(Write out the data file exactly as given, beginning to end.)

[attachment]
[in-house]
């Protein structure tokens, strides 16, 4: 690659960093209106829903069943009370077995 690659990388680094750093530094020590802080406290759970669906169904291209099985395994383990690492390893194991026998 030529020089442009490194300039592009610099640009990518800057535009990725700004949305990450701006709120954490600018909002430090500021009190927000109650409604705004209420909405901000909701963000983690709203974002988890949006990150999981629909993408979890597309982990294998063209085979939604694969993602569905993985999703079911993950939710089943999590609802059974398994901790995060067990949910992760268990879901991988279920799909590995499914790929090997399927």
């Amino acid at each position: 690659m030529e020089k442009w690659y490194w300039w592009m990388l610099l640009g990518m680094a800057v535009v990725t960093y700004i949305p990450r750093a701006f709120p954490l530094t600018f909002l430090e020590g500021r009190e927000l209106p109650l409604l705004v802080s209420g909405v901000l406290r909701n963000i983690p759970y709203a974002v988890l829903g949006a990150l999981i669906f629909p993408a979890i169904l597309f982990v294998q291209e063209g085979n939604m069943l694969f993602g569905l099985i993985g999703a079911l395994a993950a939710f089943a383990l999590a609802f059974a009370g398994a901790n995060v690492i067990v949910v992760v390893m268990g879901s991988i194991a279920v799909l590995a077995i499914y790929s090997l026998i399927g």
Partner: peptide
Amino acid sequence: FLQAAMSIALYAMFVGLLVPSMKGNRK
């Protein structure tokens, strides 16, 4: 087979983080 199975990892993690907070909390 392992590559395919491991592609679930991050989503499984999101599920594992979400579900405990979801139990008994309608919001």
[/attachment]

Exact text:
[in-house]
């Protein structure tokens, strides 16, 4: 690659960093209106829903069943009370077995 690659990388680094750093530094020590802080406290759970669906169904291209099985395994383990690492390893194991026998 030529020089442009490194300039592009610099640009990518800057535009990725700004949305990450701006709120954490600018909002430090500021009190927000109650409604705004209420909405901000909701963000983690709203974002988890949006990150999981629909993408979890597309982990294998063209085979939604694969993602569905993985999703079911993950939710089943999590609802059974398994901790995060067990949910992760268990879901991988279920799909590995499914790929090997399927």
């Amino acid at each position: 690659m030529e020089k442009w690659y490194w300039w592009m990388l610099l640009g990518m680094a800057v535009v990725t960093y700004i949305p990450r750093a701006f709120p954490l530094t600018f909002l430090e020590g500021r009190e927000l209106p109650l409604l705004v802080s209420g909405v901000l406290r909701n963000i983690p759970y709203a974002v988890l829903g949006a990150l999981i669906f629909p993408a979890i169904l597309f982990v294998q291209e063209g085979n939604m069943l694969f993602g569905l099985i993985g999703a079911l395994a993950a939710f089943a383990l999590a609802f059974a009370g398994a901790n995060v690492i067990v949910v992760v390893m268990g879901s991988i194991a279920v799909l590995a077995i499914y790929s090997l026998i399927g």
Partner: peptide
Amino acid sequence: FLQAAMSIALYAMFVGLLVPSMKGNRK
């Protein structure tokens, strides 16, 4: 087979983080 199975990892993690907070909390 392992590559395919491991592609679930991050989503499984999101599920594992979400579900405990979801139990008994309608919001």